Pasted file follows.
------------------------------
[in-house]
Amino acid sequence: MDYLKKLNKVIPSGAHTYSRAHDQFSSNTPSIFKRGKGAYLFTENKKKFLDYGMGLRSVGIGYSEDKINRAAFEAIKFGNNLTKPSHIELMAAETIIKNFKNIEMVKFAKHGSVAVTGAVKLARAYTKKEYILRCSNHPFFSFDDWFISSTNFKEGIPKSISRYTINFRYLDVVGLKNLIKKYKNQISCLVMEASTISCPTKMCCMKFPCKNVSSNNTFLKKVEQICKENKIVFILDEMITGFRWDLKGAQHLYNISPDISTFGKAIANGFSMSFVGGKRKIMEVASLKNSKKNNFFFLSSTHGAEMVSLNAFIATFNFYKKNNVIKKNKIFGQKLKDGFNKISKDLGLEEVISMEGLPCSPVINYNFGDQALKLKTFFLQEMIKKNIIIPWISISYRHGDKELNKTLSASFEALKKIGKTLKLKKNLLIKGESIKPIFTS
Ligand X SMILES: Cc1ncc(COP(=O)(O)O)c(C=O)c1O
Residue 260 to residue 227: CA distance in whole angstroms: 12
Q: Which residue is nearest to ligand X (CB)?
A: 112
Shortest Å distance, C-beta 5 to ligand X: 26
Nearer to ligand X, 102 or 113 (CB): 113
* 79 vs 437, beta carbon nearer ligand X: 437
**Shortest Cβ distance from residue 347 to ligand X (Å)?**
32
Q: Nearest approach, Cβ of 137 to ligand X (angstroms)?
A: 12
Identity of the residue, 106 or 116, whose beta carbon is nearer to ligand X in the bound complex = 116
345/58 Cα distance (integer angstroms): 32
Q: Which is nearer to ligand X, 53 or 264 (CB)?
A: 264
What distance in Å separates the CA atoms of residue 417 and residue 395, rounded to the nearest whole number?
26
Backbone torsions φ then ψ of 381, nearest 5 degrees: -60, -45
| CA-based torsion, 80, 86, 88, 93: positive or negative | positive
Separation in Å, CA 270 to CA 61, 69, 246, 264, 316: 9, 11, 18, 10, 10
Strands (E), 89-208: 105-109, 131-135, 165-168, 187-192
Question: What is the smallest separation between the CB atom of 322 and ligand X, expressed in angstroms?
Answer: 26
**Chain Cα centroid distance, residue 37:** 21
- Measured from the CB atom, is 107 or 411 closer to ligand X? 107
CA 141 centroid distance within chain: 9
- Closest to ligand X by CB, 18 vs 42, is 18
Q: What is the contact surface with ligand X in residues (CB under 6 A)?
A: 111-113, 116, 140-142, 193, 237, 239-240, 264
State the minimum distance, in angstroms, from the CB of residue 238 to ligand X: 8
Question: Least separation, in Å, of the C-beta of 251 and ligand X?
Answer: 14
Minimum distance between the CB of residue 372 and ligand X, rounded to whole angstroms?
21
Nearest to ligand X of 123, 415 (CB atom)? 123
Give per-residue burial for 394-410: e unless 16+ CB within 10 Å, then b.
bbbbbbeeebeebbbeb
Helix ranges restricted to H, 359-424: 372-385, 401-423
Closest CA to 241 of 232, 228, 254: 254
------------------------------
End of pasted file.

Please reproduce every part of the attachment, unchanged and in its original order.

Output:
[in-house]
Amino acid sequence: MDYLKKLNKVIPSGAHTYSRAHDQFSSNTPSIFKRGKGAYLFTENKKKFLDYGMGLRSVGIGYSEDKINRAAFEAIKFGNNLTKPSHIELMAAETIIKNFKNIEMVKFAKHGSVAVTGAVKLARAYTKKEYILRCSNHPFFSFDDWFISSTNFKEGIPKSISRYTINFRYLDVVGLKNLIKKYKNQISCLVMEASTISCPTKMCCMKFPCKNVSSNNTFLKKVEQICKENKIVFILDEMITGFRWDLKGAQHLYNISPDISTFGKAIANGFSMSFVGGKRKIMEVASLKNSKKNNFFFLSSTHGAEMVSLNAFIATFNFYKKNNVIKKNKIFGQKLKDGFNKISKDLGLEEVISMEGLPCSPVINYNFGDQALKLKTFFLQEMIKKNIIIPWISISYRHGDKELNKTLSASFEALKKIGKTLKLKKNLLIKGESIKPIFTS
Ligand X SMILES: Cc1ncc(COP(=O)(O)O)c(C=O)c1O
Residue 260 to residue 227: CA distance in whole angstroms: 12
Q: Which residue is nearest to ligand X (CB)?
A: 112
Shortest Å distance, C-beta 5 to ligand X: 26
Nearer to ligand X, 102 or 113 (CB): 113
* 79 vs 437, beta carbon nearer ligand X: 437
**Shortest Cβ distance from residue 347 to ligand X (Å)?**
32
Q: Nearest approach, Cβ of 137 to ligand X (angstroms)?
A: 12
Identity of the residue, 106 or 116, whose beta carbon is nearer to ligand X in the bound complex = 116
345/58 Cα distance (integer angstroms): 32
Q: Which is nearer to ligand X, 53 or 264 (CB)?
A: 264
What distance in Å separates the CA atoms of residue 417 and residue 395, rounded to the nearest whole number?
26
Backbone torsions φ then ψ of 381, nearest 5 degrees: -60, -45
| CA-based torsion, 80, 86, 88, 93: positive or negative | positive
Separation in Å, CA 270 to CA 61, 69, 246, 264, 316: 9, 11, 18, 10, 10
Strands (E), 89-208: 105-109, 131-135, 165-168, 187-192
Question: What is the smallest separation between the CB atom of 322 and ligand X, expressed in angstroms?
Answer: 26
**Chain Cα centroid distance, residue 37:** 21
- Measured from the CB atom, is 107 or 411 closer to ligand X? 107
CA 141 centroid distance within chain: 9
- Closest to ligand X by CB, 18 vs 42, is 18
Q: What is the contact surface with ligand X in residues (CB under 6 A)?
A: 111-113, 116, 140-142, 193, 237, 239-240, 264
State the minimum distance, in angstroms, from the CB of residue 238 to ligand X: 8
Question: Least separation, in Å, of the C-beta of 251 and ligand X?
Answer: 14
Minimum distance between the CB of residue 372 and ligand X, rounded to whole angstroms?
21
Nearest to ligand X of 123, 415 (CB atom)? 123
Give per-residue burial for 394-410: e unless 16+ CB within 10 Å, then b.
bbbbbbeeebeebbbeb
Helix ranges restricted to H, 359-424: 372-385, 401-423
Closest CA to 241 of 232, 228, 254: 254